There was once a time when, apparently, I was referred to as the ‘Duracell’ director because I never gave up. Today, twenty four years later there are still those that see me in a similar way.  In truth I sometimes feel that my batteries need re-charging more frequently than they used to but that’s another story! So it should come as no surprise that I am passionate about the importance of not giving up when there is an important job to do, no matter how tough it is.

A perfect example of ‘don’t tell me it can’t be done’ is the brilliant and inspirational story of the artist Sargy Mann. The first thing you should know about Sargy Mann, apart from the fact that he paints beautiful paintings that nowadays cost tens of thousands of pounds,  is that he’s totally blind.

Sargy has always been a painter but he hasn’t always been blind. He had normal sight until in his early thirties when he was diagnosed with having cataracts. From that point onwards his eyesight rapidly deteriorated, eventually leaving him totally blind in 2005 at the age of 68. If you are facing difficulties and are thinking about giving up then I urge you to click on the links to see a glimpse of this remarkable man and his work. FilmImages. There is also a wonderful article from The Guardian newspaper and film of him describing making his first painting when he was blind here.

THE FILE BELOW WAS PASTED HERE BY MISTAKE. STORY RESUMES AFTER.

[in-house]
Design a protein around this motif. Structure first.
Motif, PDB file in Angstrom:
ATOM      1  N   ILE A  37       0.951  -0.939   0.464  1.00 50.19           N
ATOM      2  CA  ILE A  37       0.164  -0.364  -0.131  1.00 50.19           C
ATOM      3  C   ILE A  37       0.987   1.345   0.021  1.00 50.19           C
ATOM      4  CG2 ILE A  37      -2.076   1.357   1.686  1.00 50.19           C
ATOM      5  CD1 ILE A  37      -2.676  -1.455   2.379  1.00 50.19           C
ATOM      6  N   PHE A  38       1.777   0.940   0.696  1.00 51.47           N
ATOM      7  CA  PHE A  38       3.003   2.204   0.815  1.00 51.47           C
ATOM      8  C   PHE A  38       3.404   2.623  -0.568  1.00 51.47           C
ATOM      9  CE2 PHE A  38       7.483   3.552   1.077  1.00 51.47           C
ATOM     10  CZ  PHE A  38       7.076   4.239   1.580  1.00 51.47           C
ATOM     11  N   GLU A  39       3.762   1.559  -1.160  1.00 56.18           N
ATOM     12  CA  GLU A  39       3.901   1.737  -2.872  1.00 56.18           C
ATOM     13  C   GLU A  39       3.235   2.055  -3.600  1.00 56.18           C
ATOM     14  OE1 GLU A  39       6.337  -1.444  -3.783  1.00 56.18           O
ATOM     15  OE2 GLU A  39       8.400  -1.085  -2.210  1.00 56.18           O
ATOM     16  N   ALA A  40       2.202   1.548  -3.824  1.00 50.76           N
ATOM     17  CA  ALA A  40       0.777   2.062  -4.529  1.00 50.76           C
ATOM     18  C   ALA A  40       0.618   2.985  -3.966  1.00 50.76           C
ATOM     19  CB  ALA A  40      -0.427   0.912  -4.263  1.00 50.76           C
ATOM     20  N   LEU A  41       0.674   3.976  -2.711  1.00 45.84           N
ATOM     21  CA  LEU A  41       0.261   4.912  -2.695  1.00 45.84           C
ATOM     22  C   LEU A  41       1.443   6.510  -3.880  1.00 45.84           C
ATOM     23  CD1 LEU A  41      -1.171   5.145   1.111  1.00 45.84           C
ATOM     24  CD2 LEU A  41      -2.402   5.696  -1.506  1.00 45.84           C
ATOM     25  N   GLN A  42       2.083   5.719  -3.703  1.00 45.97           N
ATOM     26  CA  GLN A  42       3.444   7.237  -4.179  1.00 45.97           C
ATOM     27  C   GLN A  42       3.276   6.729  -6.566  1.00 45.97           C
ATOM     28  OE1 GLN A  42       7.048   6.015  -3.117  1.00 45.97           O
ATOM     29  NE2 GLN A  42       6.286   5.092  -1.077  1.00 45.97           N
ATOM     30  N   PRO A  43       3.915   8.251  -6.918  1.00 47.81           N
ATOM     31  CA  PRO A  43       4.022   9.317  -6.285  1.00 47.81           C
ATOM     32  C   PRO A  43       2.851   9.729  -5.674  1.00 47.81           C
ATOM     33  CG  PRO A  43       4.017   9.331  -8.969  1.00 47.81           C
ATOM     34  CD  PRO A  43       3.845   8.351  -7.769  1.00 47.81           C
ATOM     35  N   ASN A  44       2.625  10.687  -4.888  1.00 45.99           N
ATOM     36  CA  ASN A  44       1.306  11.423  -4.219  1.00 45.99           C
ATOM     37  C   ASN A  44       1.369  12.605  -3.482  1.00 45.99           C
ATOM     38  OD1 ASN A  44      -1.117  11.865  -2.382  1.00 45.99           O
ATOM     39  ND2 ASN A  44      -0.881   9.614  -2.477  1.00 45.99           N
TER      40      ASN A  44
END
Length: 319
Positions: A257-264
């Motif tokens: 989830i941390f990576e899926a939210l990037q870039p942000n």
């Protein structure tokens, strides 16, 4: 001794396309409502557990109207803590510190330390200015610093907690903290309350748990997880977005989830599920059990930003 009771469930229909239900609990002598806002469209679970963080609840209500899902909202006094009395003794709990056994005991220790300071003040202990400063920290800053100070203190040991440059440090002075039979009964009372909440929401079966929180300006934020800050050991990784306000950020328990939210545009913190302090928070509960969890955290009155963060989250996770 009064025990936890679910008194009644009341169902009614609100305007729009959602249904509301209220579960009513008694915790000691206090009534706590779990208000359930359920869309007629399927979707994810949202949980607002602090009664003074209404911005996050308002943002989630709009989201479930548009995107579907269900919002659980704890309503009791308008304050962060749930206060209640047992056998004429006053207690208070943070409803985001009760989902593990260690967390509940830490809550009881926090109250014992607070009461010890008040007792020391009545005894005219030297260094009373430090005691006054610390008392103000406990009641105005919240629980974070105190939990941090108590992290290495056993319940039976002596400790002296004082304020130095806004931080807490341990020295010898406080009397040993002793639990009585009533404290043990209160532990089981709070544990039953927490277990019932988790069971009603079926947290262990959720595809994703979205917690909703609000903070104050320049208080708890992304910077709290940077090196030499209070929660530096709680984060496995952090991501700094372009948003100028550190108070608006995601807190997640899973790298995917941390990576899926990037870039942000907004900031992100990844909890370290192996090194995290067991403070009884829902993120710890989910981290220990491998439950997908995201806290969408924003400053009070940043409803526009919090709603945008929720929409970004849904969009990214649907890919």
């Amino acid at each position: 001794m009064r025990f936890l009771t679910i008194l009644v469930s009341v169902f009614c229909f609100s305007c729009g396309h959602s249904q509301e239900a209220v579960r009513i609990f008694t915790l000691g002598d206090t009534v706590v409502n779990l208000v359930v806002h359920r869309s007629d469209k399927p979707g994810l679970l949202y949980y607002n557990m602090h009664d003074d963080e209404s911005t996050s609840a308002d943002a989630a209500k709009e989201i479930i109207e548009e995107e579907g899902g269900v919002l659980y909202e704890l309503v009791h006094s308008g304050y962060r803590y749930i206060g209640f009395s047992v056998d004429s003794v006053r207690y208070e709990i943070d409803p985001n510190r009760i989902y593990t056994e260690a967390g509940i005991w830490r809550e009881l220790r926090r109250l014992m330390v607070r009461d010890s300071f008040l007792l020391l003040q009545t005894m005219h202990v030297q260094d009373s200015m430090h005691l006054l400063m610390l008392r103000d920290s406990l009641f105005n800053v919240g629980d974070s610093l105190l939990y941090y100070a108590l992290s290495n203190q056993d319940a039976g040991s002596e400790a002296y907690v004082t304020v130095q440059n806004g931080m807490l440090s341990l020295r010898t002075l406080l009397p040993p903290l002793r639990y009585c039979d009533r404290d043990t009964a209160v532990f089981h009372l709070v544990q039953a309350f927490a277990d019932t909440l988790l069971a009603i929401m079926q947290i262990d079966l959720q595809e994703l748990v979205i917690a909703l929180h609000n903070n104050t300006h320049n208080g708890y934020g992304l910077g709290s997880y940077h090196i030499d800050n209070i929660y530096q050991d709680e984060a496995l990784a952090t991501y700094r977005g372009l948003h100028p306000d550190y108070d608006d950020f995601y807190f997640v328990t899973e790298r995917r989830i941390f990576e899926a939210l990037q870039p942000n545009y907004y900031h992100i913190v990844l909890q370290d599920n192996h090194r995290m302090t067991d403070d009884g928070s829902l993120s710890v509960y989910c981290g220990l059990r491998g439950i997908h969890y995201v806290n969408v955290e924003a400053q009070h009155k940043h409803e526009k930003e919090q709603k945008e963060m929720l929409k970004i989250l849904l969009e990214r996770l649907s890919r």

But where does this leave us ‘normal’ mortals?  It leaves us learning the truth that if you believe what you do is worth doing, if you believe it has a purpose and it needs doing, then you should not let anything or anyone stop you from persevering on.

I become cross when people tell me that ‘it can’t be done’ because I know all too well that it can, perhaps not by them alone but by someone at least.  I know too that we cannot all be Sargy Mann but we can allow ourselves to be motivated by people like him from time to time. In doing so we remind ourselves of the importance of always searching for the vision, the reason why we are doing what we do. We can then use that new energy to get us through.

For now my advice is to simply enjoy Sargy’s paintings and to keep an eye out for others who may be at the point of giving up.  Perhaps they only need a little encouragement to get them through the tough times. Believe me, the joy of witnessing someone achieving their moment of glory, despite all their hardship, is a prize more precious than any gemstone in any jeweller’s store.

Have good week,

Harley